G. intestinalis is more common in certain high-risk groups, including children, employees of childcare centers, patients and staff of institutions for people with developmental disabilities, men who have sex with men, people who ingest contaminated drinking water or recreational water, travelers to disease-endemic areas of the world, close contacts of infected people, and people exposed to infected domestic and wild animals (i.e., dogs, cats, cattle, deer, and beavers).6 There is a paucity of information on giardiasis in HIV-infected children, although Giardia has been associated with diarrhea in children with AIDS.7,8 

Infection with Giardia can occur directly by the fecal-oral route or indirectly via ingestion of contaminated water or food, but water contaminated with cysts appears to be the major reservoir and vehicle for spread of the parasite.1 Most waterborne outbreaks have been related to ingestion of surface water treated by inadequate purification systems.9 Drinking untreated mountain stream water is a risk for hikers. Person-to-person spread occurs frequently in childcare centers and in families of children with diarrhea.10,6 Antigiardial host defenses are B-cell dependent, with secretory immunoglobulin A playing a major role in immunity. Humoral immunodeficiencies, such as X-linked agammaglobulinemia and hypogammaglobulinemia, predispose to chronic symptomatic disease.11 

Symptoms of giardiasis in HIV-infected individuals appear to be no more severe than those in HIV-negative individuals, and giardiasis is not typically considered a major cause of enteritis in HIV-infected patients.12 However, with progressive immunosuppression and reduced CD4 T lymphocyte (CD4) cell counts, the risk of symptomatic Giardia infections increases. Studies in adults have demonstrated that enteritis due to G. intestinalis is a frequent event among AIDS patients, especially in the most advanced stage of disease.13 Research in HIV-infected adults from countries where giardiasis is endemic demonstrate that risk of Giardia infections and severity of disease increased with increasing immunosuppression and lower CD4 cell counts.14,15 In a study of 75 HIV-infected adults in India, G. intestinalis was the most commonly isolated parasite, and patients with lower CD4 cell counts presented with significantly more enteric disease and chronic diarrhea.16 In another study of 43 adults naive to combination antiretroviral therapy (cART), G. intestinalis was detected in one-third of patients and was significantly associated with lower CD4 cell counts (OR = 3.0 for CD4 counts ≤100 cells/mm3).17 A case-control study comparing giardiasis in HIV-infected adults in Brazil before and after the era of cART demonstrates that the incidence of enteric diseases caused by Giardia decreased after initiation of such treatment.14 Given the evidence, it is reasonable to recommend initiation of cART and immune reconstitution as a primary mode of prevention (AII*).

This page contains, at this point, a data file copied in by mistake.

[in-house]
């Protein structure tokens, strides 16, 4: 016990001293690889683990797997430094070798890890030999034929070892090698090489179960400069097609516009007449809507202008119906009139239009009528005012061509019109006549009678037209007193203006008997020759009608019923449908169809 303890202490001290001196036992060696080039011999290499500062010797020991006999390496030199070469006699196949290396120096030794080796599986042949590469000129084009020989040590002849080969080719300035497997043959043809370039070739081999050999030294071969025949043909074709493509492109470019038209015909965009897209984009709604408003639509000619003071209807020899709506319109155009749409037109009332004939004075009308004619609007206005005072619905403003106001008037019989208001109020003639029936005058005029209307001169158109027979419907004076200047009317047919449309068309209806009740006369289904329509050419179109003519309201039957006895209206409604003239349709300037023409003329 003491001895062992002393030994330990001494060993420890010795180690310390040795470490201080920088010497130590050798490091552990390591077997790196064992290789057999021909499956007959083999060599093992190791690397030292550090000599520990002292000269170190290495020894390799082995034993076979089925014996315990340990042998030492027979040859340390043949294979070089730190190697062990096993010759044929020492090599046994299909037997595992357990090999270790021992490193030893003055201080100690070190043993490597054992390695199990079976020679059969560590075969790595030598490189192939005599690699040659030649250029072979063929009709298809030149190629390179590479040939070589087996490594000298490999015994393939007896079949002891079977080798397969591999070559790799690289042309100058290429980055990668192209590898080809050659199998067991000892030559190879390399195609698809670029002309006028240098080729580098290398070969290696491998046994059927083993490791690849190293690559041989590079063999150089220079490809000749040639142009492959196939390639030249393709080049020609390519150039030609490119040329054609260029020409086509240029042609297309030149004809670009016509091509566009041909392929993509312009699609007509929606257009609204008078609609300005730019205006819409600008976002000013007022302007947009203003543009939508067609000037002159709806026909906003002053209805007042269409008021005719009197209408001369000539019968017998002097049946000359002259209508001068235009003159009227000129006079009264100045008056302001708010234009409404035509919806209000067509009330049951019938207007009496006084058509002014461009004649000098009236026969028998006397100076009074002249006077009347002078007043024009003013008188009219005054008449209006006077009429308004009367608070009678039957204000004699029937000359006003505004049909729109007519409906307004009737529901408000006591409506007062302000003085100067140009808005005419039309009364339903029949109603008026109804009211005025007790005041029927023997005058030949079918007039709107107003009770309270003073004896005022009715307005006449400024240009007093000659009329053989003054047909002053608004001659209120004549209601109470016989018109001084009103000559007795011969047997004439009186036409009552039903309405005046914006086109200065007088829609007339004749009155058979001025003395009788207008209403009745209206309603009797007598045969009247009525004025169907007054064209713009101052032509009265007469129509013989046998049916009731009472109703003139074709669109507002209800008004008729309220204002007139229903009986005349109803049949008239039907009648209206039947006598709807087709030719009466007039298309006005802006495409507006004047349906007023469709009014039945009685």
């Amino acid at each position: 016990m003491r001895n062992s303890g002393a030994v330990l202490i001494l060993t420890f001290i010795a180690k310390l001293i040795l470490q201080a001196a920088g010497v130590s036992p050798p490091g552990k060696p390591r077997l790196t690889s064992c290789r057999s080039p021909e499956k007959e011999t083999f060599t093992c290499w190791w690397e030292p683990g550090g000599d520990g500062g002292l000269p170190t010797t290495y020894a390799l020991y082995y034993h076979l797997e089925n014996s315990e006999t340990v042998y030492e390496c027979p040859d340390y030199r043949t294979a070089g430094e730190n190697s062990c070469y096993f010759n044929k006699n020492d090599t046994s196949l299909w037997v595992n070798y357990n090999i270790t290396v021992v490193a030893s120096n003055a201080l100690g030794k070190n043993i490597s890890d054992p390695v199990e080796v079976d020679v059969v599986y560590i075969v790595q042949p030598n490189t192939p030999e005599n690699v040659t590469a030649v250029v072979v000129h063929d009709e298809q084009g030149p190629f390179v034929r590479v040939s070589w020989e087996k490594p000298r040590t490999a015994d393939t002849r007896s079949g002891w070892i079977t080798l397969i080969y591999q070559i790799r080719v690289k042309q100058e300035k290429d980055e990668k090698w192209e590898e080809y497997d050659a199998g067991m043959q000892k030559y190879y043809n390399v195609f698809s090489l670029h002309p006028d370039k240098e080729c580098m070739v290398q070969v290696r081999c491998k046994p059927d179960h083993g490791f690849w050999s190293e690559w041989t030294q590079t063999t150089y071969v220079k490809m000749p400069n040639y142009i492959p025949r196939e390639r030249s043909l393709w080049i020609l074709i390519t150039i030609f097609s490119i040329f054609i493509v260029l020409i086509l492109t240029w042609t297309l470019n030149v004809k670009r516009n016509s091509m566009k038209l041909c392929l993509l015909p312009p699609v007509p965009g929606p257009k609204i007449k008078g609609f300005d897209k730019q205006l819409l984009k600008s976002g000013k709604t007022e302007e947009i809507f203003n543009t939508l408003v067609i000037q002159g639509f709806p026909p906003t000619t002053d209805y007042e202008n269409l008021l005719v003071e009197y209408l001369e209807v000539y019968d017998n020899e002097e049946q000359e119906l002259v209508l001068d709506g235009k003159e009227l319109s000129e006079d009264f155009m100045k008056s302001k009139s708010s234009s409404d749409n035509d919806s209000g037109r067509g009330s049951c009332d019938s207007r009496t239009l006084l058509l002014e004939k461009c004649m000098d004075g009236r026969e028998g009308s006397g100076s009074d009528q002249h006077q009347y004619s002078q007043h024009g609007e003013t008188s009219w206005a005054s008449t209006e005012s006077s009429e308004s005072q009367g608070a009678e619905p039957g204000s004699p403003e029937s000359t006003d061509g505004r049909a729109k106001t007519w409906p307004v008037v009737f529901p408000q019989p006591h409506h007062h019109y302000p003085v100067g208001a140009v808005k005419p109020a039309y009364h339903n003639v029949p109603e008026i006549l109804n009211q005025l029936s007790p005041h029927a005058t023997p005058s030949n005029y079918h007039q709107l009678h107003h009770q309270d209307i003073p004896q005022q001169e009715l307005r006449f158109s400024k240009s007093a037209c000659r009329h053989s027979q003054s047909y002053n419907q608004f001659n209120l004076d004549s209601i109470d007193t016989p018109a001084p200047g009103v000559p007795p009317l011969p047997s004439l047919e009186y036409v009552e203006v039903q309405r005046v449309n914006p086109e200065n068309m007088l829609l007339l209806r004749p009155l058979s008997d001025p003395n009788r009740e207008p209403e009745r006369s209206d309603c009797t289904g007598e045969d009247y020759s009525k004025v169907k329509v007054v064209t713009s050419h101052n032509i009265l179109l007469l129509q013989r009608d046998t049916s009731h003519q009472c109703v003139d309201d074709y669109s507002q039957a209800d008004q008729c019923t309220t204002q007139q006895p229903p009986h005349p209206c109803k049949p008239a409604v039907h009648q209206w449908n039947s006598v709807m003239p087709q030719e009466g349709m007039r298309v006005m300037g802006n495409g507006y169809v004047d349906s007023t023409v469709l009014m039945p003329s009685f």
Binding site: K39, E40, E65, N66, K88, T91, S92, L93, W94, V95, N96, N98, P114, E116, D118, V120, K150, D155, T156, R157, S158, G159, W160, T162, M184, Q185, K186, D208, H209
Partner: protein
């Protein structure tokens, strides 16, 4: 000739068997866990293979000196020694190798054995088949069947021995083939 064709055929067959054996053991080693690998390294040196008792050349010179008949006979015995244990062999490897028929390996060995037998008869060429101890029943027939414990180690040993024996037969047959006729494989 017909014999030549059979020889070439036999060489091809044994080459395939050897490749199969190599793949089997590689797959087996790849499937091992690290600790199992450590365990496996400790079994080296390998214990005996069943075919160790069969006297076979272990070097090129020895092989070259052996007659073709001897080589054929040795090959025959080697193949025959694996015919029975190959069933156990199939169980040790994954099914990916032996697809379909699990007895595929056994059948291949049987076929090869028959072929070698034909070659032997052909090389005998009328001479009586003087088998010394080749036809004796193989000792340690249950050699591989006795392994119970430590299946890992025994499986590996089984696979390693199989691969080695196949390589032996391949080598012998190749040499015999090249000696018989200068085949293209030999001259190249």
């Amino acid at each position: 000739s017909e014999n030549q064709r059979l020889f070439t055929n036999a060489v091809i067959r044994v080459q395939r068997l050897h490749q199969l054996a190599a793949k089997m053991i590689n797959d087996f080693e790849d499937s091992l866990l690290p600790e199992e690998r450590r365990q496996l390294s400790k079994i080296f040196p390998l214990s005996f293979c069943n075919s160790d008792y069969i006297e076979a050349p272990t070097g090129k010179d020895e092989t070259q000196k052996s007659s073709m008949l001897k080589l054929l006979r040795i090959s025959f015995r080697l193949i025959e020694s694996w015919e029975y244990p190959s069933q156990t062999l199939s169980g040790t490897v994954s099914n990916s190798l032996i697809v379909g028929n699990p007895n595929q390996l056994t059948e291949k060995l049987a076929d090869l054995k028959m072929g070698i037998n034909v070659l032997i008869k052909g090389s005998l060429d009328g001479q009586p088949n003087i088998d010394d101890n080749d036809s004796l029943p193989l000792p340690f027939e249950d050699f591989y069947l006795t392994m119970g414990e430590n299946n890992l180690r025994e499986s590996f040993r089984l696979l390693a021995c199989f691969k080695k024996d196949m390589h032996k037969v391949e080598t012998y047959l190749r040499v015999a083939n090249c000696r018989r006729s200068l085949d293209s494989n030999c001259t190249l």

Clinical Manifestations

The incubation period usually lasts 1 to 2 weeks and averages 7 days.6 Symptomatic infection with G. intestinalis can cause a broad spectrum of clinical manifestations. Children usually present with short-lasting, acute watery diarrhea with or without low-grade fever, nausea, anorexia, and abdominal pain. Others have a more protracted intermittent course, characterized by foul-smelling stools associated with flatulence, abdominal distension, and anorexia. Malabsorption combined with anorexia can lead to significant weight loss, failure to thrive, and anemia in children. Stools can be profuse and watery initially and later become greasy and foul smelling. Blood, mucus, and fecal leukocytes are absent. Varying degrees of malabsorption can occur, and abnormal stool patterns can alternate with periods of constipation and normal bowel movements. Post-Giardia infection lactose intolerance can occur in 20% to 40% of patients.18 This syndrome may take several weeks to resolve and can contribute to malnutrition in children.